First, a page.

Amniotic fluid
St. Luke's Hospital
Main Number: 314-434-1500 Emergency Dept: 314-205-6990 Patient Billing: 888-924-9200
Find a Physician Payment Options Locations & Directions
Follow us on: facebook twitter Mobile Email Page Email Page Print Page Print Page Increase Font Size Decrease Font Size Font Size
America's 50 Best Hospitals
Meet the Doctor
Spirit of Women
Community Health Needs Assessment
Home > Health Information

Multimedia Encyclopedia

Amniotic fluid

Definition

Amniotic fluid is a clear, slightly yellowish liquid that surrounds the unborn baby (fetus) during pregnancy. It is contained in the amniotic sac.

Information

While in the womb, the baby floats in the amniotic fluid. The amount of amniotic fluid is greatest at about 34 weeks (gestation) into the pregnancy, when it averages 800 mL. Approximately 600 mL of amniotic fluid surrounds the baby at full term (40 weeks gestation).

The amniotic fluid constantly moves (circulates) as the baby swallows and "inhales" the fluid, and then releases it.

The amniotic fluid helps:

  • The developing baby to move in the womb, which allows for proper bone growth
  • The lungs to develop properly
  • Keep a relatively constant temperature around the baby, protecting from heat loss
  • Protect the baby from outside injury by cushioning sudden blows or movements

An excessive amount of amniotic fluid is called polyhydramnios. This condition can occur with multiple pregnancy (twins or triplets), congenital anomalies (problems that exist when the baby is born), or gestational diabetes.

An abnormally small amount of amniotic fluid is known as oligohydramnios. This condition may occur with late pregnancies, ruptured membranes, placental dysfunction, or fetal abnormalities.

Abnormal amounts of amniotic fluid may cause the health care provider to watch the pregnancy more carefully. Removal of a sample of the fluid, through amniocentesis, can provide information about the sex, health, and development of the fetus.

References

Ross MG, Ervin MG, Novak D. Fetal physiology. In: Gabbe SG, Niebyl JR, Simpson JL, eds. Obstetrics: Normal and Problem Pregnancies. 5th ed. Philadelphia, Pa: Elsevier Churchill Livingstone; 2007:chap 2.

Gilbert WM. Amniotic fluid disorders. In: Gabbe SG, Niebyl JR, Simpson JL, eds. Obstetrics: Normal and Problem Pregnancies. 5th ed. Philadelphia, Pa: Elsevier Churchill Livingstone; 2007:chap 31.

Cunningham FG, Leveno KJ, Bloom SL, et al. Fetal growth and development. In: Cunningham FG, Leveno KL, Bloom SL, et al, eds. Williams Obstetrics. 23rd ed. New York, NY: McGraw-Hill; 2010:chap 4.


Review Date: 9/12/2011
Reviewed By: Linda J. Vorvick, MD, Medical Director, MEDEX Northwest Division of Physician Assistant Studies, University of Washington, School of Medicine; Susan Storck, MD, FACOG, Chief, Eastside Department of Obstetrics and Gynecology, Group Health Cooperative of Puget Sound, Bellevue, Washington; Clinical Teaching Faculty, Department of Obstetrics and Gynecology, University of Washington School of Medicine. Also reviewed by David Zieve, MD, MHA, Medical Director, A.D.A.M., Inc.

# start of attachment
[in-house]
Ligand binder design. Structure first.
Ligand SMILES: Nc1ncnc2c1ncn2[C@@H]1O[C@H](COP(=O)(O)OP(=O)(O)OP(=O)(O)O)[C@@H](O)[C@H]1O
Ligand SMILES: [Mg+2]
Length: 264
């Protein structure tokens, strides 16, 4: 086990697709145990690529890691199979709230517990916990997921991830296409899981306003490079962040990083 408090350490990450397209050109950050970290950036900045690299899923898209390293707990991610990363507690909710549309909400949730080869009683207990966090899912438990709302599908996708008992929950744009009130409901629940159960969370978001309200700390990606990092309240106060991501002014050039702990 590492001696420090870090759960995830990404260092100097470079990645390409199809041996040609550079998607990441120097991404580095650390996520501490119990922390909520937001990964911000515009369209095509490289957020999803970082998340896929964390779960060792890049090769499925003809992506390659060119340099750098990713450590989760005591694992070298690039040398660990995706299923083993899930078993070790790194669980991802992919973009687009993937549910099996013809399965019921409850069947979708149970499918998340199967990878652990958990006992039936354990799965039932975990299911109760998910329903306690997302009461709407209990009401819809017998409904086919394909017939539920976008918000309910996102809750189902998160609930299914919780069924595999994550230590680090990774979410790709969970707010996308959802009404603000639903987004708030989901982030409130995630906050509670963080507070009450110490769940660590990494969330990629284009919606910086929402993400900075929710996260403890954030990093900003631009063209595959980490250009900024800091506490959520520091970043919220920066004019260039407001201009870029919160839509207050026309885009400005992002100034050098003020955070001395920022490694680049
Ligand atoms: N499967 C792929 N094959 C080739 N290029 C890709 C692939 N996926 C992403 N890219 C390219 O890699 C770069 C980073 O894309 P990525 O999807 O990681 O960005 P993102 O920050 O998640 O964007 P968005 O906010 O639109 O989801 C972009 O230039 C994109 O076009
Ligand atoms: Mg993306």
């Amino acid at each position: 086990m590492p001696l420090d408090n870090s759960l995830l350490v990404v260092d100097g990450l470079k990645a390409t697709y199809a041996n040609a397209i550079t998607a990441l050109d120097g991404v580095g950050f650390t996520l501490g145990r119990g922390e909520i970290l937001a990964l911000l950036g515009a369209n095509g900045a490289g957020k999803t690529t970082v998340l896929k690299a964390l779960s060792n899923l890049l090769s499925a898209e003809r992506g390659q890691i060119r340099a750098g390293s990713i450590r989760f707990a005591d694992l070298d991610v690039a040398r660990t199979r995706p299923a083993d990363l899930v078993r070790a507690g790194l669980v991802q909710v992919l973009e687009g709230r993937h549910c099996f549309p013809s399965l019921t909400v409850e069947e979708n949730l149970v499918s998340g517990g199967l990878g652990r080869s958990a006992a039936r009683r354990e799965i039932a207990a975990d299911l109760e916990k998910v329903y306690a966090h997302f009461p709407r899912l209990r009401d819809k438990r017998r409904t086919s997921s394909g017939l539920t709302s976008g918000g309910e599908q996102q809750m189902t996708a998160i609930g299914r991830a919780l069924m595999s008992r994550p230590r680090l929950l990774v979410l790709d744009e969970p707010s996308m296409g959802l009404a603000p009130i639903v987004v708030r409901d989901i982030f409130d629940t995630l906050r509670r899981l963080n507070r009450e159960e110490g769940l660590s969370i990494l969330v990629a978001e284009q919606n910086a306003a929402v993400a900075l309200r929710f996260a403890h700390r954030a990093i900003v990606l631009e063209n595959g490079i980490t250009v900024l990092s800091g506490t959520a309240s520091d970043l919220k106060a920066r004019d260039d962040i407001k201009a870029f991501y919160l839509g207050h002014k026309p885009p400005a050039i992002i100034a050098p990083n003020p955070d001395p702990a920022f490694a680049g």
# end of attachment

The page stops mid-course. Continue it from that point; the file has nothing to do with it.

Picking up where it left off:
The information provided herein should not be used during any medical emergency or for the diagnosis or treatment of any medical condition. A licensed medical professional should be consulted for diagnosis and treatment of any and all medical conditions. Call 911 for all medical emergencies. Links to other sites are provided for information only -- they do not constitute endorsements of those other sites. © 1997- A.D.A.M., Inc. Any duplication or distribution of the information contained herein is strictly prohibited.
adam.com
 


Back  |  Top
About Us
Contact Us
History
Mission
Locations & Directions
Quality Reports
Annual Reports
Honors & Awards
Community Health Needs
Assessment

Newsroom
Services
Brain & Spine
Cancer
Heart
Maternity
Orthopedics
Pulmonary
Sleep Medicine
Urgent Care
Women's Services
All Services
Patients & Visitors
Locations & Directions
Find a Physician
Tour St. Luke's
Patient & Visitor Information
Contact Us
Payment Options
Financial Assistance
Send a Card
Mammogram Appointments
Health Tools
My Personal Health
mystlukes
Spirit of Women
Health Information & Tools
Clinical Trials
Health Risk Assessments
Employer Programs -
Passport to Wellness

Classes & Events
Classes & Events
Spirit of Women
Donate & Volunteer
Giving Opportunities
Volunteer
Physicians & Employees
For Physicians
Remote Access
Medical Residency Information
Pharmacy Residency Information
Physician CPOE Training
Careers
Careers
St. Luke's Hospital - 232 South Woods Mill Road - Chesterfield, MO 63017 Main Number: 314-434-1500 Emergency Dept: 314-205-6990 Patient Billing: 888-924-9200
Copyright © St. Luke's Hospital Website Terms and Conditions  |  Privacy Policy  |  Patient Notice of Privacy Policies PDF Sitemap St. Luke's Mobile